SR: Yeah, yeah. What was the other one …. "Cops of The World," that's another one. where a few people said, "Why didn't you do 'Cops of The World'? It's so perfect for us right now."
TM: With this show coming up at the Lied Center, how much will be dedicated to the Phil Ochs album and how much will be music you and your sister have made from throughout your career?
SR: I wouldn't say I know the exact percentages, but I'll say it will be representative of both, which probably makes it around 50/50. And I also don't know how long we're performing for. I think our set is around 90 minutes, I'm guessing.
We should be able to get a chunk of everything, whether it's songs of the past and i'm sure we'll do a good representation of songs from the CD as well.
TM: Do you see any collaborations like this in the future? Would you do another collection of covers like this one?
SR: Well you know, it's funny you asked me about this because I was just driving home singing "Moon River." I love that song. [laughs]
Yes. It could happen. There are some great songs out there some songs that I just really love and shouldn't be that difficult to do this because most of the work is already done. Again, I would say a good third of the songs I already knew, if not by heart, nearly by heart.
It could happen. It think it would be all over the place because songs that I love, for instance "Moon River," or "Mona Lisas And Mad Hatters" by Elton John, I'm not sure they'd go well with each other on a CD.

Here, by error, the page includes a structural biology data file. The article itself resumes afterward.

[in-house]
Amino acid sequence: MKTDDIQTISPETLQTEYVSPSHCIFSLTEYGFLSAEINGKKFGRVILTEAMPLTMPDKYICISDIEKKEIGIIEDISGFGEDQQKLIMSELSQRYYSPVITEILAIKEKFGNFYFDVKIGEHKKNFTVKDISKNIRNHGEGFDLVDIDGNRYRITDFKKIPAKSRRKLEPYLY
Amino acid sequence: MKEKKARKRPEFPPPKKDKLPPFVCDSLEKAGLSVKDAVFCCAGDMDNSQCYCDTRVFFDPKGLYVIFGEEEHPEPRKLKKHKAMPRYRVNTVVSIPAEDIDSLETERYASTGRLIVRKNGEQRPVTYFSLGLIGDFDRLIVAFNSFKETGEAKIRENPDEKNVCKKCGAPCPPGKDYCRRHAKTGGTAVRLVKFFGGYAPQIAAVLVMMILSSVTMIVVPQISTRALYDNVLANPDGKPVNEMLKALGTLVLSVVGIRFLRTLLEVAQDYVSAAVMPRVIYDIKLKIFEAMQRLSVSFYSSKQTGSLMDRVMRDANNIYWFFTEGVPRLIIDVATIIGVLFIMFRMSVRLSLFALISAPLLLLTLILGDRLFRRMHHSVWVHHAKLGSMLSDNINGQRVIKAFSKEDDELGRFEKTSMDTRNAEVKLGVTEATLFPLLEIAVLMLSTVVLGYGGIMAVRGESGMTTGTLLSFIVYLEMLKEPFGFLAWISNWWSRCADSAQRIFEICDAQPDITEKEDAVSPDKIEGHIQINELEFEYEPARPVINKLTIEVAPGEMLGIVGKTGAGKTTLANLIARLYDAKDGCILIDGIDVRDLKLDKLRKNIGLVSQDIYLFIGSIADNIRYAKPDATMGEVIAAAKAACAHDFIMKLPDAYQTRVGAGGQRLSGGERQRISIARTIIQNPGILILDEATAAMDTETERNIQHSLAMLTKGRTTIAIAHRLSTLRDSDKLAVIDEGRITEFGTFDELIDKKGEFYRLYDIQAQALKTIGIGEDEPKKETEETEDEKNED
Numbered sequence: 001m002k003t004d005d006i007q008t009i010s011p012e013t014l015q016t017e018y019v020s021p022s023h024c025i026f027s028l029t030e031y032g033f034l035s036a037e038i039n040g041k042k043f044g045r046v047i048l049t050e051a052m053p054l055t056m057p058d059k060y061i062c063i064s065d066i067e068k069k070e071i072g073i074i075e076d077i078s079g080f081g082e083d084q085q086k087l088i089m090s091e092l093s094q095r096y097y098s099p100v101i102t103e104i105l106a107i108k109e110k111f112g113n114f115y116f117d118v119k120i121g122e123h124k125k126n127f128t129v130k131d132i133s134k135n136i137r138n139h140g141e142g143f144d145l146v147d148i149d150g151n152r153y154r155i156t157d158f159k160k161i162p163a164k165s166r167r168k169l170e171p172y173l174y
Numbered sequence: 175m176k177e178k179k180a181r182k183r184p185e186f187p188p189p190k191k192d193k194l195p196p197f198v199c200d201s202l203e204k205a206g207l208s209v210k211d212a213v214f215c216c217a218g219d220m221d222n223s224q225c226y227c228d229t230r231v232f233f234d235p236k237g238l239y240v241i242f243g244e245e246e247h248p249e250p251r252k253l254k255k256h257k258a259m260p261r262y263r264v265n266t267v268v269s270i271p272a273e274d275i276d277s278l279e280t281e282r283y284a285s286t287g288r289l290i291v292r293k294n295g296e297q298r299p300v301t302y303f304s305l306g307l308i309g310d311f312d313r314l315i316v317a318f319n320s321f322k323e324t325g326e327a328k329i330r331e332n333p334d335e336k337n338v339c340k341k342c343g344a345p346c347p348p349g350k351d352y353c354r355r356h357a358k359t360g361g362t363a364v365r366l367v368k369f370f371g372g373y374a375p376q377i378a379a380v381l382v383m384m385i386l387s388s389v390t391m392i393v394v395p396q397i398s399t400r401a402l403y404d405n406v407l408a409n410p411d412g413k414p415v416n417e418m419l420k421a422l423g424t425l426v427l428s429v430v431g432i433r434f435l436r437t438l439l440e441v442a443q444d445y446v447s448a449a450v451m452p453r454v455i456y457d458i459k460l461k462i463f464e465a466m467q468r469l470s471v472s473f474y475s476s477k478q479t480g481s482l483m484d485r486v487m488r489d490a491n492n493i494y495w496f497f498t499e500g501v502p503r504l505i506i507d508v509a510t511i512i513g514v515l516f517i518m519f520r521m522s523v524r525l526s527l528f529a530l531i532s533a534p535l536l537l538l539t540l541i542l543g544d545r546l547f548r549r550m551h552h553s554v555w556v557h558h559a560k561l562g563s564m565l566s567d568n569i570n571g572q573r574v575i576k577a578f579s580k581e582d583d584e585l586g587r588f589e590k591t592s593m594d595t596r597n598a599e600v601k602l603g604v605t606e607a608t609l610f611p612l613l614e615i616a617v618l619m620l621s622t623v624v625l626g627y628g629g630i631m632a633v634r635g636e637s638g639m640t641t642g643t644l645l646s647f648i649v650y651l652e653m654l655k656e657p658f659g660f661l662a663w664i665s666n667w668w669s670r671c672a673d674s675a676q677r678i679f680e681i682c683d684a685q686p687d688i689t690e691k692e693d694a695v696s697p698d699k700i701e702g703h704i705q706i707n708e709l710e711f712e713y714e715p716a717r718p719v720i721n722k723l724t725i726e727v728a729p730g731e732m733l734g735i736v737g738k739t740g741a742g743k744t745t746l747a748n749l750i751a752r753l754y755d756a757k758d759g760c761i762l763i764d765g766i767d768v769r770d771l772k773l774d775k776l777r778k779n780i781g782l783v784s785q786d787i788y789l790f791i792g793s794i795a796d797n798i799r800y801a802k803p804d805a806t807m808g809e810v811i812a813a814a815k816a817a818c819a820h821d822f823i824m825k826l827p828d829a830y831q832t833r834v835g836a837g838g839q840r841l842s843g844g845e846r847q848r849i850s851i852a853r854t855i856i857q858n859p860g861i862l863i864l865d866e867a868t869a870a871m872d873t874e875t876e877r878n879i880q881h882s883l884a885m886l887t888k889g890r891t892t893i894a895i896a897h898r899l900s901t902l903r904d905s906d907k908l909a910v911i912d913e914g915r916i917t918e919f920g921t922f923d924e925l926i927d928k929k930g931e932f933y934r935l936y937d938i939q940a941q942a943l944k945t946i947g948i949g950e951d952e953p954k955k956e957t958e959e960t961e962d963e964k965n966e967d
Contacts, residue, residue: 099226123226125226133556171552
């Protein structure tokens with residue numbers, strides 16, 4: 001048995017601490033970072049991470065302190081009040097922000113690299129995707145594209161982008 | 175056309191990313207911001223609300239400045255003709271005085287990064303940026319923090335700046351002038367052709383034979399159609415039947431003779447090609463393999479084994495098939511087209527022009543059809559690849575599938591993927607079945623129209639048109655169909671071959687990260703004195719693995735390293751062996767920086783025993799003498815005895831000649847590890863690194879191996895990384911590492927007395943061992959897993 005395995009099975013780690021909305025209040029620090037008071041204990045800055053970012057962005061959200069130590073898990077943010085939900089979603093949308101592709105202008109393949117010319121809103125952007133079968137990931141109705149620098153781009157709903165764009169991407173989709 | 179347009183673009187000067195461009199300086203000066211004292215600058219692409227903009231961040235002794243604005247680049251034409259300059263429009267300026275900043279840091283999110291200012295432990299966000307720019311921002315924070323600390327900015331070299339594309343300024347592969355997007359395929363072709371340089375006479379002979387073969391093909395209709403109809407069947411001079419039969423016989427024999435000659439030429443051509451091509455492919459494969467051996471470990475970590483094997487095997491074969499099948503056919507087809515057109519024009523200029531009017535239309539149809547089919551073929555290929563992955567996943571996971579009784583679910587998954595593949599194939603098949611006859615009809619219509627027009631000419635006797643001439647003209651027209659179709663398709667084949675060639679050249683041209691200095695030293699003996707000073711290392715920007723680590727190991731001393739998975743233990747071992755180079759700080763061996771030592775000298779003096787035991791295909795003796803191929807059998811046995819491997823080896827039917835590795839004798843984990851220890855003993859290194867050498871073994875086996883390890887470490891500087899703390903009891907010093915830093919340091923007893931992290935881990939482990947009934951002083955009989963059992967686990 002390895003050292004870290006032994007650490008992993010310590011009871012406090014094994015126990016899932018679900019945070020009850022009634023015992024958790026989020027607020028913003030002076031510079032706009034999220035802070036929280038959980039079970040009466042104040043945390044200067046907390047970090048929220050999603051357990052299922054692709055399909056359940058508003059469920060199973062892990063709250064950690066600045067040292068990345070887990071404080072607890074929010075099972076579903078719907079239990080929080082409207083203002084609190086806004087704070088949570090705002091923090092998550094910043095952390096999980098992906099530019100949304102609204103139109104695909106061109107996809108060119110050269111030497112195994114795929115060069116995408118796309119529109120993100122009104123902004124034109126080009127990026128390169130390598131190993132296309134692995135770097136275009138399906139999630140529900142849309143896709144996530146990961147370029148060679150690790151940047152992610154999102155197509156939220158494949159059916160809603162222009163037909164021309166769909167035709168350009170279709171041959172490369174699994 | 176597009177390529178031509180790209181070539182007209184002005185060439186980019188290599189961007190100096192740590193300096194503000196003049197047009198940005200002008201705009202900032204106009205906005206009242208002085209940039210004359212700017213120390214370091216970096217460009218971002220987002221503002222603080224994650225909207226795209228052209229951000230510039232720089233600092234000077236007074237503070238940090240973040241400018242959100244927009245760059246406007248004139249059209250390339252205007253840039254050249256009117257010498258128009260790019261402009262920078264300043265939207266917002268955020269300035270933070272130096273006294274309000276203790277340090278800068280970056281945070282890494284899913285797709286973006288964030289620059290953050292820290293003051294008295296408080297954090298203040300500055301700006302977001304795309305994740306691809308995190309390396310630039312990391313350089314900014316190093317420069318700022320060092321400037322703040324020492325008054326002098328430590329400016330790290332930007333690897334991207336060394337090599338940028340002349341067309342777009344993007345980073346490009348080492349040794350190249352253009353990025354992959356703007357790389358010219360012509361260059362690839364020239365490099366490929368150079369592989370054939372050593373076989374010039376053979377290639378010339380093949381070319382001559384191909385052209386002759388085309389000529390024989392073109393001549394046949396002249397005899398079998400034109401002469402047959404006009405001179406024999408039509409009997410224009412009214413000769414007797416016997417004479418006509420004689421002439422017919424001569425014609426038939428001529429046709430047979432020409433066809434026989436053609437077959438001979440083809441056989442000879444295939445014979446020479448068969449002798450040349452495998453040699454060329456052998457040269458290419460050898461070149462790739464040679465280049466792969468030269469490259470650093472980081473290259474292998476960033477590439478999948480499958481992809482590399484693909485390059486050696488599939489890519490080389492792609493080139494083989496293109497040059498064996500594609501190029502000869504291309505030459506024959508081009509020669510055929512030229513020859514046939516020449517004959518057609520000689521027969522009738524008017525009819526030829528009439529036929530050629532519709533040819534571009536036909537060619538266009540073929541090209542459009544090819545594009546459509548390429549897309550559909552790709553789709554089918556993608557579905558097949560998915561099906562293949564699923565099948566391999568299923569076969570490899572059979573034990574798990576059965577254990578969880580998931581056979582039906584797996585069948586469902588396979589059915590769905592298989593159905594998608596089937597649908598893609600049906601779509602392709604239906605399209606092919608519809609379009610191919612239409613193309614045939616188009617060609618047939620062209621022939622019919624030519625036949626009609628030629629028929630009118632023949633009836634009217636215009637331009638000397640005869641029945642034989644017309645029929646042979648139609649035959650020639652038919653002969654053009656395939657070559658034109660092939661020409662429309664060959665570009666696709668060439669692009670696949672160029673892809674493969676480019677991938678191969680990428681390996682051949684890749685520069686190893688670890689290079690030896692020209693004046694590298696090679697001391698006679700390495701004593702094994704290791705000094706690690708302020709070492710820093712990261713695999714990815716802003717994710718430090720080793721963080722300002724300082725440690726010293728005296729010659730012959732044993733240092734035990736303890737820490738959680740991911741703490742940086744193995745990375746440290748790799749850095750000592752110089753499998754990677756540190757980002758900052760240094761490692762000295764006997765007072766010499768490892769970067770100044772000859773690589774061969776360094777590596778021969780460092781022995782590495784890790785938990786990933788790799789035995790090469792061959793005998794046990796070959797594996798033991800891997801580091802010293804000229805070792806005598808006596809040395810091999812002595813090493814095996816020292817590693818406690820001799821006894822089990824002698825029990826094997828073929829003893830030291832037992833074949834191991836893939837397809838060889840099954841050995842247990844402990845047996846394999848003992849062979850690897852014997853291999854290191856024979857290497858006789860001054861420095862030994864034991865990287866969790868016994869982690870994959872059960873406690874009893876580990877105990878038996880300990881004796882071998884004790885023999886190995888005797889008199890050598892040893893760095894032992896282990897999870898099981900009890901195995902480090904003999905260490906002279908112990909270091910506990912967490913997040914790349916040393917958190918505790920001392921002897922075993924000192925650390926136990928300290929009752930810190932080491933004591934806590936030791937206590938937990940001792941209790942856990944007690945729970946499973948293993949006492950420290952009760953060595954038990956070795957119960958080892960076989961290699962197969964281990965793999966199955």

My songwriting is, nicely said, a mix of many different genres and a little less nicely said, is all over the place. I've got reggae songs. I've got blues songs. I've got rock songs, I've got a couple of funny songs, country. It's not so different for me, but as a songwriter it keeps me awake and challenged. And I never would want to do a performance where things were unchallenging or be on automatic. I like keeping it fresh and to do that, it's sort of like, "What's around this corner? What rug and I lift up?"
TM: Do you know a difference in response between U.S. audiences and international audiences?
SR: Oddly enough, no. I was going to say they (international audiences) are quieter, but that's not even true. Really they just vary from club-to-club. If I'm playing a large festival in Europe it's the same kind of feeling as there is here. It's a good sound, there's people excited. It also depends on the time of day and if I'm the headliner or if I'm less known and playing earlier.
I think that when I'm performing a song, or when anyone is performing a song, there is a frequency that people are responding to and beyond the lyrics and the music and the other content, physical creation of it, there's something happening on another level and that transcends continents. It transcends thoughts and political opinions. It's something else.